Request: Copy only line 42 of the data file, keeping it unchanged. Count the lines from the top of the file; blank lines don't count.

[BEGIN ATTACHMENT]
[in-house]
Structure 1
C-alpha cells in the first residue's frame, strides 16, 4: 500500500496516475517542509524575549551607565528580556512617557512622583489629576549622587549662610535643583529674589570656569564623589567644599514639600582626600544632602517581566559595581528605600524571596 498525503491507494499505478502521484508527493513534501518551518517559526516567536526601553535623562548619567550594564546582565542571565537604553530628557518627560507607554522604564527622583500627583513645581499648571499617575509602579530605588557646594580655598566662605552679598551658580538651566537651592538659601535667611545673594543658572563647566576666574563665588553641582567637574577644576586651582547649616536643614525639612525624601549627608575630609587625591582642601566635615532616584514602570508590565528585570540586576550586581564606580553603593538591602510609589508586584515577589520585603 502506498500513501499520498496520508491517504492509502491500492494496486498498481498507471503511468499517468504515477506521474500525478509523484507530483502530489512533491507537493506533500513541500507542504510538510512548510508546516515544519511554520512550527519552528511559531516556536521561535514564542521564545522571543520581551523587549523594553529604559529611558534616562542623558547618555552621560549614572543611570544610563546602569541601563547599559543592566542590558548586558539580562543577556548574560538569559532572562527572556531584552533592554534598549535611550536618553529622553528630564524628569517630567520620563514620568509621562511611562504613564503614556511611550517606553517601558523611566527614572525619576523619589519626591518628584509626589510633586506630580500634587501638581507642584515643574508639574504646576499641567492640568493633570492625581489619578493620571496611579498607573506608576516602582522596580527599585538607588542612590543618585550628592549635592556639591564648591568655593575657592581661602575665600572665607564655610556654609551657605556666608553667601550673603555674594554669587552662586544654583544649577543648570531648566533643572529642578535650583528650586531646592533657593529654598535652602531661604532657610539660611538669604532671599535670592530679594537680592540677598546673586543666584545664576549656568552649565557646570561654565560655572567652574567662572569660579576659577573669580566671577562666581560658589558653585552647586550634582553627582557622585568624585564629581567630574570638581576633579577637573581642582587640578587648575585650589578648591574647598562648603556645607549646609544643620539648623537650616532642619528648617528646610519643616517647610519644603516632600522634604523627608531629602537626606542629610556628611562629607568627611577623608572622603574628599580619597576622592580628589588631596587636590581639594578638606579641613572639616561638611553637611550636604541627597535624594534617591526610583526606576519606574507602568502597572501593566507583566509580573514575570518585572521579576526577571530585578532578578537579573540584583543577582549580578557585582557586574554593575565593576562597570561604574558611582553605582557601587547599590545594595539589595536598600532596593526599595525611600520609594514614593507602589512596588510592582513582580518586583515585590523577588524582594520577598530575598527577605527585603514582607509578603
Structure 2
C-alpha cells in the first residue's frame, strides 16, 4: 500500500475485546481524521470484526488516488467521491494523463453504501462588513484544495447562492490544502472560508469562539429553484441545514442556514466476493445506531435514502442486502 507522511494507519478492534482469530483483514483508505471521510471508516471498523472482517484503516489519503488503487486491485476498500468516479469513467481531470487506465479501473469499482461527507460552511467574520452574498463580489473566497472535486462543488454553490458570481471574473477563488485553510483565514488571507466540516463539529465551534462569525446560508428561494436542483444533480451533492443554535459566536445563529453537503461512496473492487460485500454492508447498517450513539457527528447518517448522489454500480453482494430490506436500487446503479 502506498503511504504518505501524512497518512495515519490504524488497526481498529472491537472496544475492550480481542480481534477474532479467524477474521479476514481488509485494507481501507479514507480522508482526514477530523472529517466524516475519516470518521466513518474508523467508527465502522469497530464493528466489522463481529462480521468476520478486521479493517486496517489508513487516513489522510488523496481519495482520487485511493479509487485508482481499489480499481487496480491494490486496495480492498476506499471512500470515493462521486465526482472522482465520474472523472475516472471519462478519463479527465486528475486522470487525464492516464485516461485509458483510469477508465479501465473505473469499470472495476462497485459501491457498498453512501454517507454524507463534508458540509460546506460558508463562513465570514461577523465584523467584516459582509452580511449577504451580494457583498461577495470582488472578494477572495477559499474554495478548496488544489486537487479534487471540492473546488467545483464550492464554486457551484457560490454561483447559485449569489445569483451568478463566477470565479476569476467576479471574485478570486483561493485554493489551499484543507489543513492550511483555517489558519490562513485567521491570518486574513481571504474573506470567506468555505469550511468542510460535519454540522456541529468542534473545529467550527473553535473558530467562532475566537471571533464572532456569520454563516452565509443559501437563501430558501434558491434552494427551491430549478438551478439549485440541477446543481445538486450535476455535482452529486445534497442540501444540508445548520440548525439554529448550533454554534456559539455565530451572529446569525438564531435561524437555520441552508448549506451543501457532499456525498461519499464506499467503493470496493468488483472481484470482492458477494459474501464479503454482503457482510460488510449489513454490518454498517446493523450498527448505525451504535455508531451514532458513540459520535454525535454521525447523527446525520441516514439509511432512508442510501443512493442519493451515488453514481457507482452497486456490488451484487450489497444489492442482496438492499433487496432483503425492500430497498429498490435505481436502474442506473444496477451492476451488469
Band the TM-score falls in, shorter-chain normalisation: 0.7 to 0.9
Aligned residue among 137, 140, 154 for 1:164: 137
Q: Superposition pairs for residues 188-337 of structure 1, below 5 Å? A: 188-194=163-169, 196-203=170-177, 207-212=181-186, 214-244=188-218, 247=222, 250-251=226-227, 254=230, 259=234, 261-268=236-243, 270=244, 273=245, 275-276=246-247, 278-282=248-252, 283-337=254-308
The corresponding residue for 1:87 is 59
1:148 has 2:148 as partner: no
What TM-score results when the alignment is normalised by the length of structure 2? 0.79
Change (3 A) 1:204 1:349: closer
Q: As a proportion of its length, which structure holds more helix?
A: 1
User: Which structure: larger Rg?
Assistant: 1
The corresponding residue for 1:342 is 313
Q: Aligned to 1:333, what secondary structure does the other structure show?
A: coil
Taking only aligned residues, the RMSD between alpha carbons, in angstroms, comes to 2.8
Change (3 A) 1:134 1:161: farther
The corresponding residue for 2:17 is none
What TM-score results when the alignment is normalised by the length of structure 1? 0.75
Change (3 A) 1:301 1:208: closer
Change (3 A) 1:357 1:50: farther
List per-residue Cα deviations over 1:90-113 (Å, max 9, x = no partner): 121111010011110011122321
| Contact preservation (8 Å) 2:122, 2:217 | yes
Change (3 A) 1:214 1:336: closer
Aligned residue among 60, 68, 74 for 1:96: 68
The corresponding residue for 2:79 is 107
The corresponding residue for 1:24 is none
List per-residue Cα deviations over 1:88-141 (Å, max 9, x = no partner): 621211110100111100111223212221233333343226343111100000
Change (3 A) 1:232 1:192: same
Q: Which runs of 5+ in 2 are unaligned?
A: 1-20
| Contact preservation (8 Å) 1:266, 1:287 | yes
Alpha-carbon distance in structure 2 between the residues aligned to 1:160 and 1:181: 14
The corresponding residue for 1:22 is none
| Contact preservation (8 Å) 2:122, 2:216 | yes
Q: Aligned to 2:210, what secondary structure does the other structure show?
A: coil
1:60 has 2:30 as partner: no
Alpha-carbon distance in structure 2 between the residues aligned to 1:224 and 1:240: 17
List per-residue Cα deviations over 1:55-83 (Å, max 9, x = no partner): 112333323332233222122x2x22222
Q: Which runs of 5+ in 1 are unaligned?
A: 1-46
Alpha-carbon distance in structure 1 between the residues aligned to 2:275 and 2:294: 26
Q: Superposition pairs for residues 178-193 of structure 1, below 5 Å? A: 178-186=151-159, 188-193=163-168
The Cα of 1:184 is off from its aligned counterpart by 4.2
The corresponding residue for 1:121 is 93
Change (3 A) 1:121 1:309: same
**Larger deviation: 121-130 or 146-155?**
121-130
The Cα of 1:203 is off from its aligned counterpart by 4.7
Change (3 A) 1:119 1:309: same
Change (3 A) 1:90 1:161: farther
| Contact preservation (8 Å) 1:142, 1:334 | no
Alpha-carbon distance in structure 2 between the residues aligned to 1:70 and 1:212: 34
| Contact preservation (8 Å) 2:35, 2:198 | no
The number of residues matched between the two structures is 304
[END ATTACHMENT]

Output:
1:60 has 2:30 as partner: no